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How U.S. Allies in the Middle East are Responding to Rising Tensions with Iran

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U.S. allies in the Middle East have held back from a full-throated endorsement of Secretary of State Mike Pompeo’s claim that it is “unmistakable” Iran perpetrated a June 13 attack on two oil tankers in the Gulf of Oman.

Despite a grainy video that purports to show Iranian military personnel removing an unexploded limpet mine from the side of one of the two ships attacked, allies in the region and elsewhere remain unconvinced by U.S. claims of Iranian culpability. Like the U.S., Britain’s government has blamed Iran for the attack, while a senior Japanese official dismissed the evidence offered by America as “speculation”; Germany and the U.N. have called for an independent investigation.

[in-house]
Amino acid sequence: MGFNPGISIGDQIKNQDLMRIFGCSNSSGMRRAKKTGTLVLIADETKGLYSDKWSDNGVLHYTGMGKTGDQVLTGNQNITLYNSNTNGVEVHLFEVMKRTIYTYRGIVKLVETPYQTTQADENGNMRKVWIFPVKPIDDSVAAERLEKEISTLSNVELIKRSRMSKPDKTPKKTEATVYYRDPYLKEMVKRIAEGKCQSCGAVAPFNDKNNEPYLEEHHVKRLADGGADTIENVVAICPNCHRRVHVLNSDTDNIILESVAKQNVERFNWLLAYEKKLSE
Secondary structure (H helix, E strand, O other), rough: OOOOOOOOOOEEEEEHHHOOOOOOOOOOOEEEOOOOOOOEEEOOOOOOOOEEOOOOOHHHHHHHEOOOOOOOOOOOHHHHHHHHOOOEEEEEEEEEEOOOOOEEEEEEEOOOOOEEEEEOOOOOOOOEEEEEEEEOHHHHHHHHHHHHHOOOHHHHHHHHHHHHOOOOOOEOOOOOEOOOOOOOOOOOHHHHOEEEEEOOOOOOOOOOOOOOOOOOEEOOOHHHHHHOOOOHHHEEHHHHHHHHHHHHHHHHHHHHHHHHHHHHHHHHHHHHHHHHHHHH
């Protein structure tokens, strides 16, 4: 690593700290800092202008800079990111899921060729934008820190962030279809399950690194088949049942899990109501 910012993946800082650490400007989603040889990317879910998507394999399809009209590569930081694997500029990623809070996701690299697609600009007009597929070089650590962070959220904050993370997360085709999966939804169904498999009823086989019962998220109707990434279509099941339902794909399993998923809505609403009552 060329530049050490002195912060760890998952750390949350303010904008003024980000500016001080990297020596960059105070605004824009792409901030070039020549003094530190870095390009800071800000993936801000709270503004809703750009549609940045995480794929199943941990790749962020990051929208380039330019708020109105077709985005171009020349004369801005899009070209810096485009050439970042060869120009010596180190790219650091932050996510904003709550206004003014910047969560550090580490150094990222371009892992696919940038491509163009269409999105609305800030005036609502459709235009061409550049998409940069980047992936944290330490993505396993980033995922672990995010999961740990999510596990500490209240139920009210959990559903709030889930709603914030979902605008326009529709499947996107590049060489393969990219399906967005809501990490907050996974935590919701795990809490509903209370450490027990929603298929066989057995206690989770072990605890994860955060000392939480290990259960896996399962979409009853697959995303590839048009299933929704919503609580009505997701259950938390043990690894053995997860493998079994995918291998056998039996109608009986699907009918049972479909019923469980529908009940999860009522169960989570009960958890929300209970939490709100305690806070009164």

But it is in the Middle East where the impact of escalation is likely to be most acute. The prospect of military confrontation appears to have risen again after Iran, which denies responsibility for the tanker attack, announced on Monday that it would breach the limit on its stockpile of enriched uranium set under the landmark 2015 nuclear deal that the U.S. pulled out of last year—despite U.N. inspectors determining Iran had been abiding by its terms. In response to Iran’s stated intent to break with what Trump called “the worst deal in history,” Acting Secretary of Defense Patrick Shanahan announced he had authorized approximately 1,000 additional U.S. troops for “defensive purposes” in the Gulf.

In an interview with TIME the same day Trump called the alleged Iranian attacks “very minor” and cast doubt on the U.S. going to war to protect international oil supplies. But tensions remain high. Here’s how American allies in the region are responding:

Saudi Arabia

“Iranian recklessness has reached unprecedented levels,” Saudi Arabia’s de facto leader Crown Prince Mohamed bin Salman told newspaper Asharq al-Awsat in an interview published Sunday. “The kingdom does not seek war in the region,” he added, “but we will not hesitate to deal with any threat to our people, sovereignty and vital interests.”